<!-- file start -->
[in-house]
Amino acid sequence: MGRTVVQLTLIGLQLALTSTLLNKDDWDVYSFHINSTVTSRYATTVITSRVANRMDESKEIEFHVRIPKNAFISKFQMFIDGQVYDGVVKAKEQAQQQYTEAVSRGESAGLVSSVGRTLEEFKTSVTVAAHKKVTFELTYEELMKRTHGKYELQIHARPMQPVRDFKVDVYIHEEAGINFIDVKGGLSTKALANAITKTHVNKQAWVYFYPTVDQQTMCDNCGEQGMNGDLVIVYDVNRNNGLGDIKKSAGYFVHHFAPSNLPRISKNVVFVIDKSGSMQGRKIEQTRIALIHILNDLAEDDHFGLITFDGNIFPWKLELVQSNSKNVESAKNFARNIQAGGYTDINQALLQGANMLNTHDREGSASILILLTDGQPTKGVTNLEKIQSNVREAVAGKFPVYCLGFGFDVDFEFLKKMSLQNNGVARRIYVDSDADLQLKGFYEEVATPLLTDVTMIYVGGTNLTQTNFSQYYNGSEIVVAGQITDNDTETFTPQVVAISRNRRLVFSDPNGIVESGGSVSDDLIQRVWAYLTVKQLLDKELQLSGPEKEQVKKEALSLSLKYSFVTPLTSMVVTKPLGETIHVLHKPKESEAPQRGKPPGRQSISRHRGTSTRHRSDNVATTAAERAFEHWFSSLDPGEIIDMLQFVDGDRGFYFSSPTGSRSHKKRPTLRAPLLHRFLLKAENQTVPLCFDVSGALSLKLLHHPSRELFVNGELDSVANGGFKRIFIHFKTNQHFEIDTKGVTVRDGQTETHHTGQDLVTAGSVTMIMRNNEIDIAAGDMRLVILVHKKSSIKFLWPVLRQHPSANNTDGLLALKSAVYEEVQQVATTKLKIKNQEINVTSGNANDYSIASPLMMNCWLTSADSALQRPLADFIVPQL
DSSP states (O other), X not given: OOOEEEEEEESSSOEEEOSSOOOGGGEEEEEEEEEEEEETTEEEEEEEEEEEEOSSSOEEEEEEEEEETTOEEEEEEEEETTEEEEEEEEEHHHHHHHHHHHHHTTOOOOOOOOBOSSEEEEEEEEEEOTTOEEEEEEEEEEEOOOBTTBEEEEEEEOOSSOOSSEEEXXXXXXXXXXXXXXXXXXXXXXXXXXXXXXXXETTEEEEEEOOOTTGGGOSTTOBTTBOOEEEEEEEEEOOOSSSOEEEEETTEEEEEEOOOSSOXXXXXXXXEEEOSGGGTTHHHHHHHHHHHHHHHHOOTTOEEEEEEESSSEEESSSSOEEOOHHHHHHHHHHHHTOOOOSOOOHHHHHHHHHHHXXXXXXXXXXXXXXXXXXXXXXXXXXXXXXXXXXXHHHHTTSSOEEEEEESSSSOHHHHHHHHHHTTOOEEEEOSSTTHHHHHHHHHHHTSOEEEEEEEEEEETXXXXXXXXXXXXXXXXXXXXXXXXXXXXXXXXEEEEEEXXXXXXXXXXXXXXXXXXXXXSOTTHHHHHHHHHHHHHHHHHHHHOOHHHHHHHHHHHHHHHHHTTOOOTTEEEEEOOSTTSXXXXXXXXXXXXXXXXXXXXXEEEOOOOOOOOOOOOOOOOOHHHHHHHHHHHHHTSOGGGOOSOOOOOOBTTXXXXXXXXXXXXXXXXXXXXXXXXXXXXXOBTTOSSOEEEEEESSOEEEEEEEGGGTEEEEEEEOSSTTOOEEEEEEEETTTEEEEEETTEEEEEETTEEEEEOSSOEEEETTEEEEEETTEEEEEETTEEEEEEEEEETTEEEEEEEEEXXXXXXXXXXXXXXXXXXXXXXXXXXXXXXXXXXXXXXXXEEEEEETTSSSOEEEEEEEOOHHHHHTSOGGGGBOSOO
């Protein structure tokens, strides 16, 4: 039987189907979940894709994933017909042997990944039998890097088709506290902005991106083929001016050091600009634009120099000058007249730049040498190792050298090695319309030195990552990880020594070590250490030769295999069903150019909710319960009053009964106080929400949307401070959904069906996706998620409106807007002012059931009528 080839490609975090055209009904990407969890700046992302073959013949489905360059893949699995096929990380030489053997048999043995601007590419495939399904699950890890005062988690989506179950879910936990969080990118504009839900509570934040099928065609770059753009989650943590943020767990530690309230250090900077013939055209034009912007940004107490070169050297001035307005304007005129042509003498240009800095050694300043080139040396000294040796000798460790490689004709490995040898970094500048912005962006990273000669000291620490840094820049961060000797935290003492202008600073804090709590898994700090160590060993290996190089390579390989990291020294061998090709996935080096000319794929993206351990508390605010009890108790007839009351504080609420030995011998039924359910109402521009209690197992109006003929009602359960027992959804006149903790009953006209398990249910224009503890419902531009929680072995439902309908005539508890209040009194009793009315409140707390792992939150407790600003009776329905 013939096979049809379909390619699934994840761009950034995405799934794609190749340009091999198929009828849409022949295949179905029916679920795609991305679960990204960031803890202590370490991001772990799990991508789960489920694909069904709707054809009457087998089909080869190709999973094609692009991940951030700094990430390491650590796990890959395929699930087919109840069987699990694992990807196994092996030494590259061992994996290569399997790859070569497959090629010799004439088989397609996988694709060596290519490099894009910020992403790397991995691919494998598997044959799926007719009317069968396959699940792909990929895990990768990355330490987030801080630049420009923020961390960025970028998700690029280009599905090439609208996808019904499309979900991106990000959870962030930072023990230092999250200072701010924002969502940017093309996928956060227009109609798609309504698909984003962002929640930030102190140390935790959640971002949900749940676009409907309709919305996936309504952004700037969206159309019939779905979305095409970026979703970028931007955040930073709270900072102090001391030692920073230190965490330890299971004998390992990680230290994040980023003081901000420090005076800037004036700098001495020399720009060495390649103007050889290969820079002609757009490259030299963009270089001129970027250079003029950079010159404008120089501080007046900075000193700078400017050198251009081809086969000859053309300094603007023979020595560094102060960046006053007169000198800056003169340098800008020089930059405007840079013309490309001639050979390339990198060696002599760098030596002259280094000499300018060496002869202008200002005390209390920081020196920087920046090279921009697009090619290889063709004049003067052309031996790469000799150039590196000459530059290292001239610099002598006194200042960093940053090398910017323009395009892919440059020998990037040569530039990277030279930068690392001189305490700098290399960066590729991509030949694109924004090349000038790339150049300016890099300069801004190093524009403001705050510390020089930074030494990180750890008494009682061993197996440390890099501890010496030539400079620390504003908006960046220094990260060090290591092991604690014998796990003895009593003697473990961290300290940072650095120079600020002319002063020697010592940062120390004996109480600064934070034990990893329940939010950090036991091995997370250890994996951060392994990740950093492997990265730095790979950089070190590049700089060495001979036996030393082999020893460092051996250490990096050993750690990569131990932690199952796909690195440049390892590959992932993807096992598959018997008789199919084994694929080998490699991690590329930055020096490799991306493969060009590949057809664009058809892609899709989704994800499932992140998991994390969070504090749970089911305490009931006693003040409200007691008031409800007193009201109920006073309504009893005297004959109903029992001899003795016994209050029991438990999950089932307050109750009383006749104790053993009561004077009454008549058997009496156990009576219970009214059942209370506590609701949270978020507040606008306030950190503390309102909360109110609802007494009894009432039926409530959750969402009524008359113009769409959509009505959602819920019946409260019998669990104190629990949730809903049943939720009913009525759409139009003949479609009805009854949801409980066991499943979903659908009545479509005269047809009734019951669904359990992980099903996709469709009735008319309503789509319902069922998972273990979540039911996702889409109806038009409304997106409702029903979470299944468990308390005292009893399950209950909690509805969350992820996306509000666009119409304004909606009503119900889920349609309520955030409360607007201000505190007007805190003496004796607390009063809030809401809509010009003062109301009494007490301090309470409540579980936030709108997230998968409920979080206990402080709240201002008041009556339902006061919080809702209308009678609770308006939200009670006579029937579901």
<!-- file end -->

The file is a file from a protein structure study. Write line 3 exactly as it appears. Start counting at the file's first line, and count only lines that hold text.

DSSP states (O other), X not given: OOOEEEEEEESSSOEEEOSSOOOGGGEEEEEEEEEEEEETTEEEEEEEEEEEEOSSSOEEEEEEEEEETTOEEEEEEEEETTEEEEEEEEEHHHHHHHHHHHHHTTOOOOOOOOBOSSEEEEEEEEEEOTTOEEEEEEEEEEEOOOBTTBEEEEEEEOOSSOOSSEEEXXXXXXXXXXXXXXXXXXXXXXXXXXXXXXXXETTEEEEEEOOOTTGGGOSTTOBTTBOOEEEEEEEEEOOOSSSOEEEEETTEEEEEEOOOSSOXXXXXXXXEEEOSGGGTTHHHHHHHHHHHHHHHHOOTTOEEEEEEESSSEEESSSSOEEOOHHHHHHHHHHHHTOOOOSOOOHHHHHHHHHHHXXXXXXXXXXXXXXXXXXXXXXXXXXXXXXXXXXXHHHHTTSSOEEEEEESSSSOHHHHHHHHHHTTOOEEEEOSSTTHHHHHHHHHHHTSOEEEEEEEEEEETXXXXXXXXXXXXXXXXXXXXXXXXXXXXXXXXEEEEEEXXXXXXXXXXXXXXXXXXXXXSOTTHHHHHHHHHHHHHHHHHHHHOOHHHHHHHHHHHHHHHHHTTOOOTTEEEEEOOSTTSXXXXXXXXXXXXXXXXXXXXXEEEOOOOOOOOOOOOOOOOOHHHHHHHHHHHHHTSOGGGOOSOOOOOOBTTXXXXXXXXXXXXXXXXXXXXXXXXXXXXXOBTTOSSOEEEEEESSOEEEEEEEGGGTEEEEEEEOSSTTOOEEEEEEEETTTEEEEEETTEEEEEETTEEEEEOSSOEEEETTEEEEEETTEEEEEETTEEEEEEEEEETTEEEEEEEEEXXXXXXXXXXXXXXXXXXXXXXXXXXXXXXXXXXXXXXXXEEEEEETTSSSOEEEEEEEOOHHHHHTSOGGGGBOSOO